To achieve this huge price cut, Lightyear had to adapt and scale up the semi-manual lamination process used to make its curved solar panels for mass production.

It also needs to find cheaper alternatives for the structural support materials used in its panels, which are expensive but necessary to ensure the safety of drivers and pedestrians.

“We see Lightyear 0 as more of a technology demonstrator in the sense that the cost is relatively high,” explained Cornagliotti. “But we don’t see a fundamental reason why the price can’t measure up to a level that consumers can accept.”

The solar roof of the Lightyear 0 solar car
The solar array of Lightyear 0 covers five square meters

“In 10 years, having a solar body will be slightly more expensive than using iron,” he added. “And solar-panel cars will be the norm within 20 years.”

Although Cornagliotti believes that this rapid progress can be made by 2042, it may not be enough to limit global warming to the important threshold of 1.5 degrees Celsius outlined in the Paris Agreement.

To hit this target and prevent catastrophic and irreversible climate change, all sales of new fossil-fuel cars must stop nearly a decade earlier by 2035, according to International Energy Agency data.

The embodied carbon in solar panels must be cut

Solar body parts also have a higher carbon footprint than their steel counterparts thanks to the materials that must be mined and refined to make the photovoltaics and their electronics.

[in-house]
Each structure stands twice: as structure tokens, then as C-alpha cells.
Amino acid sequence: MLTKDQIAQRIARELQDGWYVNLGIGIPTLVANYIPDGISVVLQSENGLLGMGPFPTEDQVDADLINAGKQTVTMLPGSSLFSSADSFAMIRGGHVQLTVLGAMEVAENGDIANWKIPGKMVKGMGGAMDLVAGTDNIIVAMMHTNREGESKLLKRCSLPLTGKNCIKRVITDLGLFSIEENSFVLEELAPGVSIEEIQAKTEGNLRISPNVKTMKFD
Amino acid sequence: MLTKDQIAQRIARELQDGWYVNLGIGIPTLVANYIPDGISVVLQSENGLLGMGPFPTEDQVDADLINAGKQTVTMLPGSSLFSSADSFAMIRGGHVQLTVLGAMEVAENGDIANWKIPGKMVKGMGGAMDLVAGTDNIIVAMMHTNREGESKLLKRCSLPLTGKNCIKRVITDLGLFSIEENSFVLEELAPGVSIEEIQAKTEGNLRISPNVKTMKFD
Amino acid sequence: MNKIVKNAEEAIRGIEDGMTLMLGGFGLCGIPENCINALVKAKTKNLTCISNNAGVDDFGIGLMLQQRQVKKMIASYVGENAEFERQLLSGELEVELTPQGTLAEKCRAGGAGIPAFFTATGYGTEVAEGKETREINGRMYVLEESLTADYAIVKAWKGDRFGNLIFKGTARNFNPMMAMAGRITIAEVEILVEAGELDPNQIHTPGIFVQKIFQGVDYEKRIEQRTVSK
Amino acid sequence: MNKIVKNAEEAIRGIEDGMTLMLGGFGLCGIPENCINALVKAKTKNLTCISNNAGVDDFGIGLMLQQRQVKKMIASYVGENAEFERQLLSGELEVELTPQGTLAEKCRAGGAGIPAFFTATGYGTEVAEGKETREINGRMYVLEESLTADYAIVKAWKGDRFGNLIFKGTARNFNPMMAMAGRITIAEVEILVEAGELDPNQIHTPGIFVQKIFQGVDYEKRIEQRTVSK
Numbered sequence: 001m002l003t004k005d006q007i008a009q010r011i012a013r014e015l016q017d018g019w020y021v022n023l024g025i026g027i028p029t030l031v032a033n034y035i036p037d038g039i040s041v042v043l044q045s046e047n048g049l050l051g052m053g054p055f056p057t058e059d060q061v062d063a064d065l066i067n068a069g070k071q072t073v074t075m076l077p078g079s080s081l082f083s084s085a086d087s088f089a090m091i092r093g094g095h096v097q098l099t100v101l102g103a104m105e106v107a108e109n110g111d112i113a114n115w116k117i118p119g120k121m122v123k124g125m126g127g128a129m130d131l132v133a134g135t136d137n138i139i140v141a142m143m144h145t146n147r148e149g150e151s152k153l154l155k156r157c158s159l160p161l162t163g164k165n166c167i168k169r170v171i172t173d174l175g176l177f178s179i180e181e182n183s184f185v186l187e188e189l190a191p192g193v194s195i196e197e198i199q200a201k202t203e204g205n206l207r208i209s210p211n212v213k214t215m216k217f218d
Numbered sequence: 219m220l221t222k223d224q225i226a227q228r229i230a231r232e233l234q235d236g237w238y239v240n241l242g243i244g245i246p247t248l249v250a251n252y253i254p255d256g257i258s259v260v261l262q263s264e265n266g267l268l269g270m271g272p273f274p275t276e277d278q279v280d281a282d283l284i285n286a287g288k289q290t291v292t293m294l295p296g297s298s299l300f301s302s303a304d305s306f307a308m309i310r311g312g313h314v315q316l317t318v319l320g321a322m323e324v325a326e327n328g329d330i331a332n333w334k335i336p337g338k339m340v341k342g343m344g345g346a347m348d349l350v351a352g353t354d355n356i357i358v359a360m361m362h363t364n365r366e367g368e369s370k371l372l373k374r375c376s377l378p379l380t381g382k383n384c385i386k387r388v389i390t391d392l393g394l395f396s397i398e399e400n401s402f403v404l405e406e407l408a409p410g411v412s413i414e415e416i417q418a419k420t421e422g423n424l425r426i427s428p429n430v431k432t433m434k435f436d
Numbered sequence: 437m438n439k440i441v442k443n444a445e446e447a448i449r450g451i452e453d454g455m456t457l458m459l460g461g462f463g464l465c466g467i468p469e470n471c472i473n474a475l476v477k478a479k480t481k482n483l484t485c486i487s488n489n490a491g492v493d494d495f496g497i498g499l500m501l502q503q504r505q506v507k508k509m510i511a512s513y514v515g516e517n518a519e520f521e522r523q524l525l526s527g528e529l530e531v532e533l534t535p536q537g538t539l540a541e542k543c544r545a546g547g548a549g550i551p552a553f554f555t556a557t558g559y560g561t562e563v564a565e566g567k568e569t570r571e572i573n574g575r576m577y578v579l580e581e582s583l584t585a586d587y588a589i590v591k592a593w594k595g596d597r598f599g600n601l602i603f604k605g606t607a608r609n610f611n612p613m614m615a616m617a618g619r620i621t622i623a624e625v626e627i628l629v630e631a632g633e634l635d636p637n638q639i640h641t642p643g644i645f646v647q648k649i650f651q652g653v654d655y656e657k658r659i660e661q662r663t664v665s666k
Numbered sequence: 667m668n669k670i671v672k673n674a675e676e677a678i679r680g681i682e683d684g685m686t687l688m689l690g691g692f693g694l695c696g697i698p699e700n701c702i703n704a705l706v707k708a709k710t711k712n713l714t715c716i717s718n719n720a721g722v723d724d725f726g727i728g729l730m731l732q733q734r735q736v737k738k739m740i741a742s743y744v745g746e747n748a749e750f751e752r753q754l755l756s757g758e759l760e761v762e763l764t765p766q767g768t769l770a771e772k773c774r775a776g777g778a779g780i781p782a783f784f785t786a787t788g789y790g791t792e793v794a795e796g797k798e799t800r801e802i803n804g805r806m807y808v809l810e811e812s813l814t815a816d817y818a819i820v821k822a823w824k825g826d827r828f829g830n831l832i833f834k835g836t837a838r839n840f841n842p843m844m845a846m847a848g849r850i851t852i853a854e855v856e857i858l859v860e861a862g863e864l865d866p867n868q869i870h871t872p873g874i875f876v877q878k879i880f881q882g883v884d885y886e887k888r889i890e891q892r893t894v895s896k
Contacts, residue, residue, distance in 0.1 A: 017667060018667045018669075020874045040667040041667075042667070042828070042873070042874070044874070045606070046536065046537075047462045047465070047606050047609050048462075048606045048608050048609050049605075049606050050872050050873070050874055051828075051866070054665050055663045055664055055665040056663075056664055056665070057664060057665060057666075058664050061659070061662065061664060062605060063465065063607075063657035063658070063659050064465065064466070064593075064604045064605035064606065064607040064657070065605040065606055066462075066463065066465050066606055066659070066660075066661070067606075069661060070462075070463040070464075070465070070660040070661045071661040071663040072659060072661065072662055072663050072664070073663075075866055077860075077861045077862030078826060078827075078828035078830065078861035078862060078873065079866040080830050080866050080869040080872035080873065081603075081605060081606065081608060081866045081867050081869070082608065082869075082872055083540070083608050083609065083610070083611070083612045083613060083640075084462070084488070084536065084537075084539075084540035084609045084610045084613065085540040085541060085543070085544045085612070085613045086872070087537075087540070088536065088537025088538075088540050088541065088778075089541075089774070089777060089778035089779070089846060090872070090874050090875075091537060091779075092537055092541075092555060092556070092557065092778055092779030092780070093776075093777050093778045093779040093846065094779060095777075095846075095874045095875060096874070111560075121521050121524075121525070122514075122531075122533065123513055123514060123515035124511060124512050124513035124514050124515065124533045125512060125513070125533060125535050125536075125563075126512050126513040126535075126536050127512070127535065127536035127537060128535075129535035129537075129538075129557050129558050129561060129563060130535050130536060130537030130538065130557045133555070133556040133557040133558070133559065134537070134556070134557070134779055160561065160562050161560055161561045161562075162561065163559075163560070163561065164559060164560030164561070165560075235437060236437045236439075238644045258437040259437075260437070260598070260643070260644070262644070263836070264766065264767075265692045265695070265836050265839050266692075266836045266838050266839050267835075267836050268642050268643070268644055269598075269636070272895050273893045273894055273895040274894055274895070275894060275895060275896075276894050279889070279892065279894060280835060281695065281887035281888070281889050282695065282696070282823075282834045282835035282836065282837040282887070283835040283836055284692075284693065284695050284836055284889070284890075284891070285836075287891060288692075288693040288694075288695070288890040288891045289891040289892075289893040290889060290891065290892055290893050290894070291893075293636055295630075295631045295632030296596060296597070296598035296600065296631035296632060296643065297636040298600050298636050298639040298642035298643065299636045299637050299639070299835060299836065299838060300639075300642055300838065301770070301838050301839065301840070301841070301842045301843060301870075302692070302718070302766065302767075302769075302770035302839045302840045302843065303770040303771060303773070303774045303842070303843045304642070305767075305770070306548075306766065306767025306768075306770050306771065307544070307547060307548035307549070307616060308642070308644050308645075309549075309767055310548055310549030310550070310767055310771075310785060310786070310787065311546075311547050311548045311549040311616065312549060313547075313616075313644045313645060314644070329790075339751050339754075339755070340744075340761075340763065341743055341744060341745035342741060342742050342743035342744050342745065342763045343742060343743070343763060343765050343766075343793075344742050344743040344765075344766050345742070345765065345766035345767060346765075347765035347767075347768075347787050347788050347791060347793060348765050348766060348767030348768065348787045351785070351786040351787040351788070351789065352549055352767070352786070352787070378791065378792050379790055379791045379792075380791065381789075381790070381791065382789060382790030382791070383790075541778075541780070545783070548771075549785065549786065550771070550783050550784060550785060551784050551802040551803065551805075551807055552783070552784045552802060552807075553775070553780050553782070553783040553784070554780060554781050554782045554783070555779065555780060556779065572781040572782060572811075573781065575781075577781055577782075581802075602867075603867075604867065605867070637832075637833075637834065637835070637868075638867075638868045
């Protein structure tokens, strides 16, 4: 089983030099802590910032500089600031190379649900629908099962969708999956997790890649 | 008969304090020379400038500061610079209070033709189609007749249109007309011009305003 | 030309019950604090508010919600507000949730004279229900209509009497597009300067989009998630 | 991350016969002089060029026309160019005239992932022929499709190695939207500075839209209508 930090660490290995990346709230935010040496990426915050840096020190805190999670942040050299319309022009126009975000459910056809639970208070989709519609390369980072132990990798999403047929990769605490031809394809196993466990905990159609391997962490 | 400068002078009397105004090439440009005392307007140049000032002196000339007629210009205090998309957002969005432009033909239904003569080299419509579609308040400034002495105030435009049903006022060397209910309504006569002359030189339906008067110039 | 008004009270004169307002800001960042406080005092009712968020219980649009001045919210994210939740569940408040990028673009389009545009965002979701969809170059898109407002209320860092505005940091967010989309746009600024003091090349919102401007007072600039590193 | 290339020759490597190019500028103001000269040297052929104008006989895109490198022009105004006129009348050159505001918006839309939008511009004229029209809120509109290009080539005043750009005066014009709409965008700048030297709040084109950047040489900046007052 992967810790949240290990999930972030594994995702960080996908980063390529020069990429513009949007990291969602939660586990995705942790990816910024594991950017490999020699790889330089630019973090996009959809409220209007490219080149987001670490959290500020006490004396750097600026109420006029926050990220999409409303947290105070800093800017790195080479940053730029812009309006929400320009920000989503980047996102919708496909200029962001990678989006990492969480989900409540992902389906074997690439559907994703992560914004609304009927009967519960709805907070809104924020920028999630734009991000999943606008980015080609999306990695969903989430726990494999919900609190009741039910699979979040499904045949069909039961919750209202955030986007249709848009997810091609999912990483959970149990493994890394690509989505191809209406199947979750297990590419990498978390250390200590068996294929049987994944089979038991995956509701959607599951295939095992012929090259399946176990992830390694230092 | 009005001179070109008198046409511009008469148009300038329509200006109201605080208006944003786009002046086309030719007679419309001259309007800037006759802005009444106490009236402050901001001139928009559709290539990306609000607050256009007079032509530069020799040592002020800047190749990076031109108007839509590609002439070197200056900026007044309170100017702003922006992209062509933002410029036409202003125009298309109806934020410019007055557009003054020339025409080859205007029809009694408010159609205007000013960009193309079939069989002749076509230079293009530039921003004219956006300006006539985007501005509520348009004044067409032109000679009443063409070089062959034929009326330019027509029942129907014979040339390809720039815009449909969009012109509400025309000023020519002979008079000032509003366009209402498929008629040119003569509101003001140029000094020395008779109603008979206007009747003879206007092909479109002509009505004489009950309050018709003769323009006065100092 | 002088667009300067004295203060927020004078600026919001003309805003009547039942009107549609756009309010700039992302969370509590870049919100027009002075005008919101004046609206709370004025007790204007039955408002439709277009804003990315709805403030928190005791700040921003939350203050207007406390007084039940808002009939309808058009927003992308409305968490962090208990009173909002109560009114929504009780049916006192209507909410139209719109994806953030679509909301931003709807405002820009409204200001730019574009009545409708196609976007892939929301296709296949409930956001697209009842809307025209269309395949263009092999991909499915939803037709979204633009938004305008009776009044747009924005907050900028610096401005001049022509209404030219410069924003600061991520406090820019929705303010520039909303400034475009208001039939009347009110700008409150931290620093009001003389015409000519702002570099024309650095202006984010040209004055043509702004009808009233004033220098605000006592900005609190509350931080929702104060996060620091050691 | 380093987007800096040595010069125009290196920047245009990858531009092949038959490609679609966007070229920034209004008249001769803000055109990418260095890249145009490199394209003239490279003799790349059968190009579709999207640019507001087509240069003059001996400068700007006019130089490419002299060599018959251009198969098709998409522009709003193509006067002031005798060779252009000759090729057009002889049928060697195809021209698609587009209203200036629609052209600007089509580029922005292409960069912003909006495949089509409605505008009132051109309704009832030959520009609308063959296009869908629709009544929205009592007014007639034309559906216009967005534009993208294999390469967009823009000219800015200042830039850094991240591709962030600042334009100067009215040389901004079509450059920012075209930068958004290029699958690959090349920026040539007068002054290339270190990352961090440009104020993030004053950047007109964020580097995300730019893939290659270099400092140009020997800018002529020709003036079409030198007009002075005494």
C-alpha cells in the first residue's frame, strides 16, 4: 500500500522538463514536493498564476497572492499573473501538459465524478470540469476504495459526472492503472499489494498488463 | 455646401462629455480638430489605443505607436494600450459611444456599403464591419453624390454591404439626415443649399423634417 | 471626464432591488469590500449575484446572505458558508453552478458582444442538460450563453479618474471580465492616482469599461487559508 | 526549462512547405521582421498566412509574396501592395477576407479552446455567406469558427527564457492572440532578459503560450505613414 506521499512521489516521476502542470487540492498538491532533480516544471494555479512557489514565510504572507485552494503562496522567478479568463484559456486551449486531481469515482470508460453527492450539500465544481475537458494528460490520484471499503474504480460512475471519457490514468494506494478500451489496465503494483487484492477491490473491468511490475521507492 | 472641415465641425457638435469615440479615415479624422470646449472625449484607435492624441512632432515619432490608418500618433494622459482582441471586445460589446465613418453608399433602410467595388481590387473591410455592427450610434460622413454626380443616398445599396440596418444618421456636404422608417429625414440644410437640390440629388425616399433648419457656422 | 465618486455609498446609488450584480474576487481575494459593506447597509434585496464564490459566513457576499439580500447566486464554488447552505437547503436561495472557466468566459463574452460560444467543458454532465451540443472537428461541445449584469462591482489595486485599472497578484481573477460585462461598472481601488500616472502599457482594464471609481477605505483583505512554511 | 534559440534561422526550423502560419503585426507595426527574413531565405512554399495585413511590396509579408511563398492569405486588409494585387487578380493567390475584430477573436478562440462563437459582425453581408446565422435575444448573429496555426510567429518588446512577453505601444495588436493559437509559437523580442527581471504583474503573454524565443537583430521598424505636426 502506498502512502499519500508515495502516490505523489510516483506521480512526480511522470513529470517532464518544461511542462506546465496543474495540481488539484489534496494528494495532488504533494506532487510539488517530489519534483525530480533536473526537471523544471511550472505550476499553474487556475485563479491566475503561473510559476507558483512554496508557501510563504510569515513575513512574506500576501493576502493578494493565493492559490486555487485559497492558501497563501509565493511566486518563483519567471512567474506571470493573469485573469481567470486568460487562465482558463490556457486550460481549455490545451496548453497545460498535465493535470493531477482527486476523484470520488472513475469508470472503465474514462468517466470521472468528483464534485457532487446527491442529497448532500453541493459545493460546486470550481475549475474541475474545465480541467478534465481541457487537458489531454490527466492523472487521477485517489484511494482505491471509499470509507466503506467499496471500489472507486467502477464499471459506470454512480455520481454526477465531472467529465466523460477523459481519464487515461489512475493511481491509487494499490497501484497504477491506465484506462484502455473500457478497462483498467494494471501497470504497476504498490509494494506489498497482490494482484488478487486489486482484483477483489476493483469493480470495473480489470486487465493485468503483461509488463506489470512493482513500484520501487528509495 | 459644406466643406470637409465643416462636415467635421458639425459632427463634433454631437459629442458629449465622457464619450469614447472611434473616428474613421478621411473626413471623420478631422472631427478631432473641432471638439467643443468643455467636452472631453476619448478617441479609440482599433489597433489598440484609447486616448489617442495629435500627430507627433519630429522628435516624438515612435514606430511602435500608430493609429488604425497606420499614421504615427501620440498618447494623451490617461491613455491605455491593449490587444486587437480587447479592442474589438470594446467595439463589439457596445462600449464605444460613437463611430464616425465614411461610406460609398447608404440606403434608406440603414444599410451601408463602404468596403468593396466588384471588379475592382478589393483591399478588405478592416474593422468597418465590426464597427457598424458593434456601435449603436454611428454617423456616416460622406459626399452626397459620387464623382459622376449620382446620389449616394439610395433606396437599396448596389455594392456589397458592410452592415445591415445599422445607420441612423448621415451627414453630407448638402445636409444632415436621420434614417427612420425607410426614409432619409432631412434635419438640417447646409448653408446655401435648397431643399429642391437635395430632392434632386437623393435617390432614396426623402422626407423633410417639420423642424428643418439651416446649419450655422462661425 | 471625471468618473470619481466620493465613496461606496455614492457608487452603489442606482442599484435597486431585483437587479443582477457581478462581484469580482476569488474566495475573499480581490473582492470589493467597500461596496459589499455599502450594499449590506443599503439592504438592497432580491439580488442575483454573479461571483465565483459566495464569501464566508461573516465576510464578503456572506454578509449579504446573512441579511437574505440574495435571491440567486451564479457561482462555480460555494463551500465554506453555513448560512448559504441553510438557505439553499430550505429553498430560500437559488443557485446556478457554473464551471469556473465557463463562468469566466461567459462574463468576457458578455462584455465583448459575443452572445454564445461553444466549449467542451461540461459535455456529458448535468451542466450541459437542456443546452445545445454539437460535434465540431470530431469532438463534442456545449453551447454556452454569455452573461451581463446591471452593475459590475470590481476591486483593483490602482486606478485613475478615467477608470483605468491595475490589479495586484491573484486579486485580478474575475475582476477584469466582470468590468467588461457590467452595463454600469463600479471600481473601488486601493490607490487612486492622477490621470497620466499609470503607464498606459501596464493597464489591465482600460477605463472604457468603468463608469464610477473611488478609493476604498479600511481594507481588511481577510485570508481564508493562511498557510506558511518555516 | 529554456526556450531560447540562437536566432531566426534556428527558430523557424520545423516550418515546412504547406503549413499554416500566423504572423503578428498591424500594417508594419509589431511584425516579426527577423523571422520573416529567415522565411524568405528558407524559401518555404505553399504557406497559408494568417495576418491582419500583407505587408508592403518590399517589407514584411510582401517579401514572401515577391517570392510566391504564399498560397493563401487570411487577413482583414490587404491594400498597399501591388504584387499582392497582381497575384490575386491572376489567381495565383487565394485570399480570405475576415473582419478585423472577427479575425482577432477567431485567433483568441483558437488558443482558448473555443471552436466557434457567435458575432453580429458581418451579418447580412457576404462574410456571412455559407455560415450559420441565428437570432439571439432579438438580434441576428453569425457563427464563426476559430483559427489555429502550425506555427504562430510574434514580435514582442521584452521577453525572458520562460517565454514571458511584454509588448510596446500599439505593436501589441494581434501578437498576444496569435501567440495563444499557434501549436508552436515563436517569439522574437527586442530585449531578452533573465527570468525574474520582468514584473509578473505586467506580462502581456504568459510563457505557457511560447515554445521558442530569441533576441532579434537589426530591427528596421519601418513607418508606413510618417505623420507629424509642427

Electric cars already generate 30 to 40 percent more emissions in their production than fossil-fuel cars, with estimates suggesting it will take six months and five years for them to catch up. offset the carbon footprint of their lithium-ion batteries through operational savings. emissions.

The back of Lightyear 0
It extends beyond the roof to cover the tailgate

Adding solar panels to the Lightyear 0 adds an additional five to ten years to this equation, depending on the location where it is charged. But Cornagliotti and his team are now working on cutting that down to two years.

“In the future, you will have everything connected so that the conversion system, the solar system and the high voltage battery are packaged,” he said. “The cost of carbon keeps getting lower.”

A number of car manufacturers are now working to eliminate the included carbon footprint of electric vehicles. Swedish company Polestar hopes to develop the “world’s first climate-neutral car” by 2030, while BMW recently unveiled a circular concept car designed to be easily dismantled at the end of its life. .

Solar Revolution logo
Description by Berke Yazicioglu

Solar Revolution

This article is part of Dezeen’s Solar Revolution series, which explores the diverse and exciting potential uses of solar energy and how humans can make the most of the sun’s incredible power.